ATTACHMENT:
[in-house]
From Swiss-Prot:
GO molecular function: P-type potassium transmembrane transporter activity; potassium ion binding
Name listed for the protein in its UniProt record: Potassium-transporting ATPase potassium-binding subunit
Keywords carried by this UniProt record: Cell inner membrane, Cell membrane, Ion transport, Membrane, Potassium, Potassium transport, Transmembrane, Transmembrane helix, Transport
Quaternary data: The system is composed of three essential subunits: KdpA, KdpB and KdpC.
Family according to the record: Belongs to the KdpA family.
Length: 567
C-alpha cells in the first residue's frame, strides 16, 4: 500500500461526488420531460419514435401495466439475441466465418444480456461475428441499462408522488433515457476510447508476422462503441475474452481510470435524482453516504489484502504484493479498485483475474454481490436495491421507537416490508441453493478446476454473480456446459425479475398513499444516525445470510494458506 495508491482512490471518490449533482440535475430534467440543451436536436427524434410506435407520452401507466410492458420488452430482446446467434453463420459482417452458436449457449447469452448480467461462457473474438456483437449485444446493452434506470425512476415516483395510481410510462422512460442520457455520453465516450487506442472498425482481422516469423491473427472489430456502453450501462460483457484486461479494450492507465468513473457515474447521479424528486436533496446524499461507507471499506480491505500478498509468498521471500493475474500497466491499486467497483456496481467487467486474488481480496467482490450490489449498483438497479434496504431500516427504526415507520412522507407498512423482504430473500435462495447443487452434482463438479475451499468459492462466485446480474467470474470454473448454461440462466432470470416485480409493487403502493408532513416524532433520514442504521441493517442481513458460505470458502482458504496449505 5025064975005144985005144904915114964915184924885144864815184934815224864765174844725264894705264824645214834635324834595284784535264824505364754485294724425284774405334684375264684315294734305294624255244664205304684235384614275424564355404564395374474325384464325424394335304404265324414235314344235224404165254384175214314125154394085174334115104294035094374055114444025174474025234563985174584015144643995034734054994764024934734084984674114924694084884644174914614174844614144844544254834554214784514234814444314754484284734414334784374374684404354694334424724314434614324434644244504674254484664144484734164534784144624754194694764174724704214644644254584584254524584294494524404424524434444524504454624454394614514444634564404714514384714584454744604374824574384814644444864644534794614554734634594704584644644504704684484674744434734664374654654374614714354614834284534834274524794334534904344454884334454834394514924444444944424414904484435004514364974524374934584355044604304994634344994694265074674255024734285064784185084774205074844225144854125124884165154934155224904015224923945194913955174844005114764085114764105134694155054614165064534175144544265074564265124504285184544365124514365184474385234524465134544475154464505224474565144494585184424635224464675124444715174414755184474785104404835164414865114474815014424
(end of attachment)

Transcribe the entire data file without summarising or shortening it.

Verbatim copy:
[in-house]
From Swiss-Prot:
GO molecular function: P-type potassium transmembrane transporter activity; potassium ion binding
Name listed for the protein in its UniProt record: Potassium-transporting ATPase potassium-binding subunit
Keywords carried by this UniProt record: Cell inner membrane, Cell membrane, Ion transport, Membrane, Potassium, Potassium transport, Transmembrane, Transmembrane helix, Transport
Quaternary data: The system is composed of three essential subunits: KdpA, KdpB and KdpC.
Family according to the record: Belongs to the KdpA family.
Length: 567
C-alpha cells in the first residue's frame, strides 16, 4: 500500500461526488420531460419514435401495466439475441466465418444480456461475428441499462408522488433515457476510447508476422462503441475474452481510470435524482453516504489484502504484493479498485483475474454481490436495491421507537416490508441453493478446476454473480456446459425479475398513499444516525445470510494458506 495508491482512490471518490449533482440535475430534467440543451436536436427524434410506435407520452401507466410492458420488452430482446446467434453463420459482417452458436449457449447469452448480467461462457473474438456483437449485444446493452434506470425512476415516483395510481410510462422512460442520457455520453465516450487506442472498425482481422516469423491473427472489430456502453450501462460483457484486461479494450492507465468513473457515474447521479424528486436533496446524499461507507471499506480491505500478498509468498521471500493475474500497466491499486467497483456496481467487467486474488481480496467482490450490489449498483438497479434496504431500516427504526415507520412522507407498512423482504430473500435462495447443487452434482463438479475451499468459492462466485446480474467470474470454473448454461440462466432470470416485480409493487403502493408532513416524532433520514442504521441493517442481513458460505470458502482458504496449505 5025064975005144985005144904915114964915184924885144864815184934815224864765174844725264894705264824645214834635324834595284784535264824505364754485294724425284774405334684375264684315294734305294624255244664205304684235384614275424564355404564395374474325384464325424394335304404265324414235314344235224404165254384175214314125154394085174334115104294035094374055114444025174474025234563985174584015144643995034734054994764024934734084984674114924694084884644174914614174844614144844544254834554214784514234814444314754484284734414334784374374684404354694334424724314434614324434644244504674254484664144484734164534784144624754194694764174724704214644644254584584254524584294494524404424524434444524504454624454394614514444634564404714514384714584454744604374824574384814644444864644534794614554734634594704584644644504704684484674744434734664374654654374614714354614834284534834274524794334534904344454884334454834394514924444444944424414904484435004514364974524374934584355044604304994634344994694265074674255024734285064784185084774205074844225144854125124884165154934155224904015224923945194913955174844005114764085114764105134694155054614165064534175144544265074564265124504285184544365124514365184474385234524465134544475154464505224474565144494585184424635224464675124444715174414755184474785104404835164414865114474815014424